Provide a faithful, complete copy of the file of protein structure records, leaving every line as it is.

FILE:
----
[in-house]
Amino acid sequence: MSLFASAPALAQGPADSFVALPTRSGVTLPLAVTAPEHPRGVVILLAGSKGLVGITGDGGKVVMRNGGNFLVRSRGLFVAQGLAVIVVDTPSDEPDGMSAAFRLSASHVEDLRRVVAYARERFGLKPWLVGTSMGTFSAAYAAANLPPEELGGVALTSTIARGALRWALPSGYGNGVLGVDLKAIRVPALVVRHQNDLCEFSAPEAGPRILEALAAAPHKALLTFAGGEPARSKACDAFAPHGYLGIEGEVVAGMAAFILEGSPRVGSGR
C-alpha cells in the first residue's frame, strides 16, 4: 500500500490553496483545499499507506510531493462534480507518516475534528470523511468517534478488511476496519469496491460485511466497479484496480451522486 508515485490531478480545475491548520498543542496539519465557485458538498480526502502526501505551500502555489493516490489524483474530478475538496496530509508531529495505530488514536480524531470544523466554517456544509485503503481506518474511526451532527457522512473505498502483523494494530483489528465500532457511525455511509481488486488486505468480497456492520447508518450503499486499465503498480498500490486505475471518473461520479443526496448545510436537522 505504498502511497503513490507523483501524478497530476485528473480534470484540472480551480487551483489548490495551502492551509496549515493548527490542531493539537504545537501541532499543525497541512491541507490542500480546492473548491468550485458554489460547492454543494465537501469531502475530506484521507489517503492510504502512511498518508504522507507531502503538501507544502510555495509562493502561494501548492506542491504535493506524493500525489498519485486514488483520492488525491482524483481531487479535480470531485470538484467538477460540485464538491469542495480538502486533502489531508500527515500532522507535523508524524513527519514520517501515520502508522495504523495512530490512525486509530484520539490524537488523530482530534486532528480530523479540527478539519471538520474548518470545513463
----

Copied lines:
[in-house]
Amino acid sequence: MSLFASAPALAQGPADSFVALPTRSGVTLPLAVTAPEHPRGVVILLAGSKGLVGITGDGGKVVMRNGGNFLVRSRGLFVAQGLAVIVVDTPSDEPDGMSAAFRLSASHVEDLRRVVAYARERFGLKPWLVGTSMGTFSAAYAAANLPPEELGGVALTSTIARGALRWALPSGYGNGVLGVDLKAIRVPALVVRHQNDLCEFSAPEAGPRILEALAAAPHKALLTFAGGEPARSKACDAFAPHGYLGIEGEVVAGMAAFILEGSPRVGSGR
C-alpha cells in the first residue's frame, strides 16, 4: 500500500490553496483545499499507506510531493462534480507518516475534528470523511468517534478488511476496519469496491460485511466497479484496480451522486 508515485490531478480545475491548520498543542496539519465557485458538498480526502502526501505551500502555489493516490489524483474530478475538496496530509508531529495505530488514536480524531470544523466554517456544509485503503481506518474511526451532527457522512473505498502483523494494530483489528465500532457511525455511509481488486488486505468480497456492520447508518450503499486499465503498480498500490486505475471518473461520479443526496448545510436537522 505504498502511497503513490507523483501524478497530476485528473480534470484540472480551480487551483489548490495551502492551509496549515493548527490542531493539537504545537501541532499543525497541512491541507490542500480546492473548491468550485458554489460547492454543494465537501469531502475530506484521507489517503492510504502512511498518508504522507507531502503538501507544502510555495509562493502561494501548492506542491504535493506524493500525489498519485486514488483520492488525491482524483481531487479535480470531485470538484467538477460540485464538491469542495480538502486533502489531508500527515500532522507535523508524524513527519514520517501515520502508522495504523495512530490512525486509530484520539490524537488523530482530534486532528480530523479540527478539519471538520474548518470545513463